The drop panels and pop up scares got old, real fast. They never changed up the style of how these scares happened, and they (like the rest of the house) were poorly paced. And then, to top it all off, one of them was synced with the recorded phrase “surprise mother f—–.” It didn’t shock me. It didn’t scare me. It didn’t surprise me. It just pissed me off. If you are going to use language in a house, it better be for a damn good reason. Otherwise it’s pointless and stupid, and in my opinion makes you seem cheap. You’re resorting to using language to try and scare people. That’s sad.

The rooms themselves weren’t bad. None of them had any scares in them what so ever that I noticed. The only one that came close was the hallway full of clothes on racks. But all of the other rooms seemed bare, and I’m not sure if there were any actors in them at all.

I will say the one trick that made me take a step back was near the end there is an animatronic clown that drops down from the ceiling. I never do well with things above me. So that one startled me, but it just repeated the same motion again and again and got repetitive and not scary- like the rest of the house.

Then you get to the end of the haunt only to find… nothing. Nobody is there to chase you out. Nobody is there to try and scare you one last time. It just ends and you walk out of the expo center.

This house seriously disappointing me. No scares and a lifeless cast made for a miserable romp through tight dark halls. If this was this groups first year I’m hoping that in future years they learn from their mistakes this year. Better pacing and much more active cast of characters could have done wonders and really sold this house. As I said before the general concept wasn’t bad and you can tell some effort went in to planning it. I just would have liked to have seen the same effort across the board in all areas.

Rating of Shock House: 3/10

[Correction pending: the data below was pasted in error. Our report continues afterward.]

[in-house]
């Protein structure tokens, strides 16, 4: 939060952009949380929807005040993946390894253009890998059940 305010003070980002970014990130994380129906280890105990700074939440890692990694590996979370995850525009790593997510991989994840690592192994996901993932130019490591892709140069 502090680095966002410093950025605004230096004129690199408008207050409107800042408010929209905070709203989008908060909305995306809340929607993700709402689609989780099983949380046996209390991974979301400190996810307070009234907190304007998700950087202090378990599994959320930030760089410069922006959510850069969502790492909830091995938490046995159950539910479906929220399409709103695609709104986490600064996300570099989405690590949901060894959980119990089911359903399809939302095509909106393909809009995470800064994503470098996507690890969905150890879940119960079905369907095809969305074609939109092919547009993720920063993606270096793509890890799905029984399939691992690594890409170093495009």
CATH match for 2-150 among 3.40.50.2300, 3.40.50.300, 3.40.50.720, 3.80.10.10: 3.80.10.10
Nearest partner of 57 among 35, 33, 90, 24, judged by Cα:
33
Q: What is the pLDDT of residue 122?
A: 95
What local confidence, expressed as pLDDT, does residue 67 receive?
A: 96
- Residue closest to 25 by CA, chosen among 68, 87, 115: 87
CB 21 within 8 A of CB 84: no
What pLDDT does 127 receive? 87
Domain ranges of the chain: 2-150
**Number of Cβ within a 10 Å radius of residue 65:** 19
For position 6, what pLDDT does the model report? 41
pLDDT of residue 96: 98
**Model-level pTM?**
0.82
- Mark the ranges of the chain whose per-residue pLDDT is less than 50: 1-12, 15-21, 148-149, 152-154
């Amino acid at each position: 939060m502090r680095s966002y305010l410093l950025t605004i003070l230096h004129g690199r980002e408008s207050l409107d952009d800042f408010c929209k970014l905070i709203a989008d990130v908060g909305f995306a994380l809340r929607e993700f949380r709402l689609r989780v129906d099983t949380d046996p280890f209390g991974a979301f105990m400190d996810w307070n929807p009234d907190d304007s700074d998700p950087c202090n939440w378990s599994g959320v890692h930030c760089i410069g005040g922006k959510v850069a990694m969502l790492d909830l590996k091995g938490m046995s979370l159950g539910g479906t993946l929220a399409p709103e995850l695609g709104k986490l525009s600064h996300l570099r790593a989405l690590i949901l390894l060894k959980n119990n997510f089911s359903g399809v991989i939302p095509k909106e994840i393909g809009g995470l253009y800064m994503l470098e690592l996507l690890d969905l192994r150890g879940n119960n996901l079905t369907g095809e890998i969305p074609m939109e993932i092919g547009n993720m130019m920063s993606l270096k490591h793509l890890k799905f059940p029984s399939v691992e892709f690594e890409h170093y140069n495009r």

Price:

$7.00 admission night October 12th

$1.00 off admission with a canned good

 ½ off with a Valid Military I.D.

$10.00 admission on Thursday the 30th

2 for $20.0 with Factory of Fear- 2 haunts one price

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I could go on an on with my personal analysis of the film and it’s characters; all of the hidden symbolism, viewing the film with a feminist lens, analysis of the creature itself and it’s stages… but I’m not going to. Because that would just take too long, and I want to try and keep this as short and simple as possible. Because, in the end, not much really needs to be said about Alien as a film- other than it’s perfect.

This movie is a masterpiece of cinema. Period; that is all you need to know about it. If you have NEVER seen Alien I, quite frankly, feel sorry for you. Everything about it is pure genius. The craftsmanship and storytelling alone are near perfection, and then add on top the amazing art direction and stylistic choices made and it just makes for one hell of a movie. A movie that is downright engrossing and terrifying. This is a movie that, even into my late teens, I was watching through hands covering my eyes at parts. And since we just had the 35th anniversary edition released as well as the release of the new game Alien: Isolation, I thought it was a good time to take a look at this movie.

The story follows the crew of the ship Nostromo, a “freighter” space ship. The crew receives an emergency beacon from planet LV-426 (which you don’t find out the name of the planet until the sequel Aliens, which is almost equally as awesome and I will eventually do a review for as well.) The ship lands on the planet and finds a derelict spacecraft of some kind and investigates. But Kane, one of the crew members, returns to Nostromo with something attached to his face. The creature eventually detaches and dies, and Kane seems okay. But he’s not. The “facehugger” put something inside him, and it wants out. And it gets out. The rest of the movie, the remaining crew of the Nostromo fight to stay alive as they are killed off one by one by this xenomorph alien species… this “perfect organism.”

First of the characterization of the Nostromo crew is fantastic. They seem like real people. Their actions make sense and the dialogue is really tight. Sure there is futuristic jargon thrown in, but it’s not superfluous or silly in any way. The characters talk and act realistically, and that is something that rarely happens in horror films. One of the things I applaud this movie for (because it rarely happens in horror films) is having the characters react to death like it really happened. That is something that never occurs in horror, and really bothers me- characters don’t really grieve. At most we have characters that find out a friend has died, they cry for a second, then move on. There is no anger, there is no world crumbling break down, and that is not real. People react to death in real life, and in Alien they react. They grieve, they are shocked, they are scared, they cry, they get angry. The emotions and reactions are exactly how people would react, and in the end making the characters more real makes the film more real for an audience, and subsequently more horrifying.

So let’s talk about a scene for a second…